The Philadelphia Inquirer

Bill Brinkman moved into the caretaker's house in Pleasant Hill Park after the Japanese surrendered to MacArthur in '45. He was a paratrooper in the 11th Airborne over New Guinea and the Philippines before he served on land in the honor guard, around the time the Japanese signed documents of surrender aboard the USS Missouri.

"We were there to make damn sure there was no hanky-panky," Brinkman recalled.

He returned to a factory job in Philadelphia, but jumped at the chance to manage the Pleasant Hill fish hatcheries when that job was offered to him. The Victorian park had provided generations of children with their first fish-catching experiences.

Pleasant Hill is one of the few parkland areas in the north near where Philadelphia, Bucks County, and New Jersey meet on the Delaware River, although the grounds surrounding the 1850 riverfront mansion Glen Foerd hold claim as the city's most northeasterly spot.

The park sits just a five-minute drive off Interstate 95 at the Academy Road/Linden Avenue exit in Torresdale. The drive east on Linden Avenue is unremarkable, but the industrial landscape that hugs much of I-95 gives way to a quiet residential area; if you blink you might miss the hatcheries on the right. They're slightly hidden, framed between a pair of robust weeping willows. The street eventually guides visitors to a large parking lot next to the river.

For Brinkman, 85, it was the ideal place to raise a family. With his late wife, Miriam, Mim to those who knew her, he raised a girl and two boys, Helen, Bruce, and Bill. They spent 35 years in the caretaker's residence until 1980.


Bill Brinkman with a striped bass caught in the Delaware.
In 1961, the family opened Brinkman's Bait and Tackle at 4999 Linden Ave. near Academy Road, which they still run today (www.brinkmansbaitandtackle.com). All the while, Brinkman kept hatcheries stocked with sunnies, catfish, and the occasional shad. He held one of the very few netting licenses issued by the state. From spring to fall, he and Mim would wake at 3 a.m. so Brinkman could cast his nets into the Delaware and later release the trove into the hatcheries.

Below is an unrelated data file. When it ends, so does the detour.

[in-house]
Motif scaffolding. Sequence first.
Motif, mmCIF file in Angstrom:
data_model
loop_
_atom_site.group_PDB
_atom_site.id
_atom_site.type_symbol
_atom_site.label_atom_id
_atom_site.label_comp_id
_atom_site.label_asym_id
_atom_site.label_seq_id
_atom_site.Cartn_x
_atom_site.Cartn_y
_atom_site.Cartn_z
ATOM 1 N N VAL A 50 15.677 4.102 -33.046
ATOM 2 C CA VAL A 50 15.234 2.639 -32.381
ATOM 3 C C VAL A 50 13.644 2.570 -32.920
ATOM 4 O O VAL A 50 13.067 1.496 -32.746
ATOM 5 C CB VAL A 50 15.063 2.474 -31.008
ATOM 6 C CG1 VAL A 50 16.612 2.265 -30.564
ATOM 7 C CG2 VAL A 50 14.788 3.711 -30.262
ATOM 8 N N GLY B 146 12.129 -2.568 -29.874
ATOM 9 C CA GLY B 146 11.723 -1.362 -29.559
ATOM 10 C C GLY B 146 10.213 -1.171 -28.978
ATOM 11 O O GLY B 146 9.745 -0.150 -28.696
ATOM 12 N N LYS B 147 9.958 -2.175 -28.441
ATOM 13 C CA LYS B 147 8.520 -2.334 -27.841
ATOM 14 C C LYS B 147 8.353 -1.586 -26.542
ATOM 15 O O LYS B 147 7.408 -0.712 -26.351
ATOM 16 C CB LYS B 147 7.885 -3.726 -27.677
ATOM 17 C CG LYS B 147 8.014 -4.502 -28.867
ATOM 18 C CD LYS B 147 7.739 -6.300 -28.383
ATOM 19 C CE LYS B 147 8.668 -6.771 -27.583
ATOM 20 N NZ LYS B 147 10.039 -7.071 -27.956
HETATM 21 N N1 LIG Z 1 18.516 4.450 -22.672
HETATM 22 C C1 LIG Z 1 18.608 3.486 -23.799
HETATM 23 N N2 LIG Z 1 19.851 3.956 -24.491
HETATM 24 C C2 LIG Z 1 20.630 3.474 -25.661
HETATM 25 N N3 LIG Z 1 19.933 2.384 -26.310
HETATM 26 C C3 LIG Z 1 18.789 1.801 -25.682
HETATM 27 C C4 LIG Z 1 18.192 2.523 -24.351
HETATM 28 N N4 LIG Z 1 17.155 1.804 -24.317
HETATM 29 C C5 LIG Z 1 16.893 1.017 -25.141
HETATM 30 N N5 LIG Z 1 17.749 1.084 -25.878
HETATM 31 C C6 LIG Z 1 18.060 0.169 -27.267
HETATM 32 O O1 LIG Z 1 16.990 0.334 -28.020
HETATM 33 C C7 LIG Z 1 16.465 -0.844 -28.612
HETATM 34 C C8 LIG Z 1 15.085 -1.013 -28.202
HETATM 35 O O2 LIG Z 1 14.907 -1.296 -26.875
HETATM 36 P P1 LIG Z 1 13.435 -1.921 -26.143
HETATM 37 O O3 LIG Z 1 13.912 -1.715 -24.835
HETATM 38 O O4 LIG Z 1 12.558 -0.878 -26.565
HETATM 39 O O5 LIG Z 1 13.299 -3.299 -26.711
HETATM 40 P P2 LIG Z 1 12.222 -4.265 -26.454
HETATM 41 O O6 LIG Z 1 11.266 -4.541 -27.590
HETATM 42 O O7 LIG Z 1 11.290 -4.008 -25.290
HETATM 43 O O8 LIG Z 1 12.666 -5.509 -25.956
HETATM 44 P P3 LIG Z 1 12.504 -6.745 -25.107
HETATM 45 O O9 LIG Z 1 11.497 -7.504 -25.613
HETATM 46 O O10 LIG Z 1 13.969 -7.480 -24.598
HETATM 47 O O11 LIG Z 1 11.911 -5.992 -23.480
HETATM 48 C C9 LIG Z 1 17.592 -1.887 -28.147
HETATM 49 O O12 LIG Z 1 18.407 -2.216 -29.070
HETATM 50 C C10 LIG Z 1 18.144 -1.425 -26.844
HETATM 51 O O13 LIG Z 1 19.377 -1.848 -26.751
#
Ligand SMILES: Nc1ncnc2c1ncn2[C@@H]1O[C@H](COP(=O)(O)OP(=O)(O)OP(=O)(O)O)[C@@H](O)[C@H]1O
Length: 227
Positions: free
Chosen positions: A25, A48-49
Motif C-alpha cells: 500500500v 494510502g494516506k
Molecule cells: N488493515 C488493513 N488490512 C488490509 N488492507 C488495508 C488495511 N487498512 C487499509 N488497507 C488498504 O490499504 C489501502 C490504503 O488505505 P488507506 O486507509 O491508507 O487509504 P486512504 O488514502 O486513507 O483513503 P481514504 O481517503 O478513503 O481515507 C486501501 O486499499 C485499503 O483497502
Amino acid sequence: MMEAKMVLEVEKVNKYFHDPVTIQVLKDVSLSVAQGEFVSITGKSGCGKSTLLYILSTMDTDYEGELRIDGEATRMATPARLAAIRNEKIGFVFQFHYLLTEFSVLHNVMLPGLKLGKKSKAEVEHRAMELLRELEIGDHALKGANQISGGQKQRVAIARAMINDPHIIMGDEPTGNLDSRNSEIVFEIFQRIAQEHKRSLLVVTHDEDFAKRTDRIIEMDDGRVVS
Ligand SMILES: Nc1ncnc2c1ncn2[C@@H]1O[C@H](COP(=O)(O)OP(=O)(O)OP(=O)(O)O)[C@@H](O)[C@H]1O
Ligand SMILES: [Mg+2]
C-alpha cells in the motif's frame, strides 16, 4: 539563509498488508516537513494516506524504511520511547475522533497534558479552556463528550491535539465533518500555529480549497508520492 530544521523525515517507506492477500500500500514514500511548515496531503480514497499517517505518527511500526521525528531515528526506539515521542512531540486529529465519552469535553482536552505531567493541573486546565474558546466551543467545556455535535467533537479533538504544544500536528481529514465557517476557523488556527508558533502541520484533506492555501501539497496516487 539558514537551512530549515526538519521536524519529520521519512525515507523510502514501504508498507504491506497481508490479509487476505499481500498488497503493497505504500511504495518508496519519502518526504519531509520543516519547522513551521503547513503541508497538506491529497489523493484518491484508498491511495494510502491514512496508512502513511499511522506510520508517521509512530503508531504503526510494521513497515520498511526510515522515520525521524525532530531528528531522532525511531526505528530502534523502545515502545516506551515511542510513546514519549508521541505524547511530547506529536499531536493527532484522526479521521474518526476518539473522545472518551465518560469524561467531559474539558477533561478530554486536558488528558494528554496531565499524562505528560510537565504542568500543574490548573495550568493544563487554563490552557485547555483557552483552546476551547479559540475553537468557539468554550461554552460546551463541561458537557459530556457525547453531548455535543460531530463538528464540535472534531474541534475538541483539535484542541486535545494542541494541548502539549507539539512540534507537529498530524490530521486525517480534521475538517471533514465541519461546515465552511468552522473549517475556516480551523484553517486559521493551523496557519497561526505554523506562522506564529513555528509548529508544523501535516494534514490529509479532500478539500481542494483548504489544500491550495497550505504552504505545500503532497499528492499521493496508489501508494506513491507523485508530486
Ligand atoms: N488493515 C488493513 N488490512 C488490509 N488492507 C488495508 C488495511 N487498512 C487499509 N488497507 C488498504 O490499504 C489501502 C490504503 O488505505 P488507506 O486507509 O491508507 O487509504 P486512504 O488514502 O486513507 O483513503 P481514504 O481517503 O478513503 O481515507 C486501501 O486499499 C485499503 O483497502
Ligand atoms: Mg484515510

"You have to put something in there to keep the kids interested," he explained. "Otherwise, they get bored and they're using their rods like swords. They're dueling. As long as they're catching fish they're good as gold."

Brinkman recalled that each week, nearly 3,000 to 4,000 kids were bused to the ponds during the 1970s through the city's Cane Pole Program. Each child received a bamboo cane pole and a floater for the day. Cane poles can still be found at Brinkman's for $3.99.

Meanwhile, the riverbank and water became so polluted that the riverside of the park fell into disrepair. The Clean Water Act of 1972 took years to affect the river's health and even longer to change people's perceptions.

Today, however, the size of some of the river's striped bass astonishes. The females make their way upriver for a piscine bacchanal gorging on herring and shad as they spawn.

They can grow up to 30 to 40 inches long. The larger fish are protected. While they can be caught for sport, they must be released.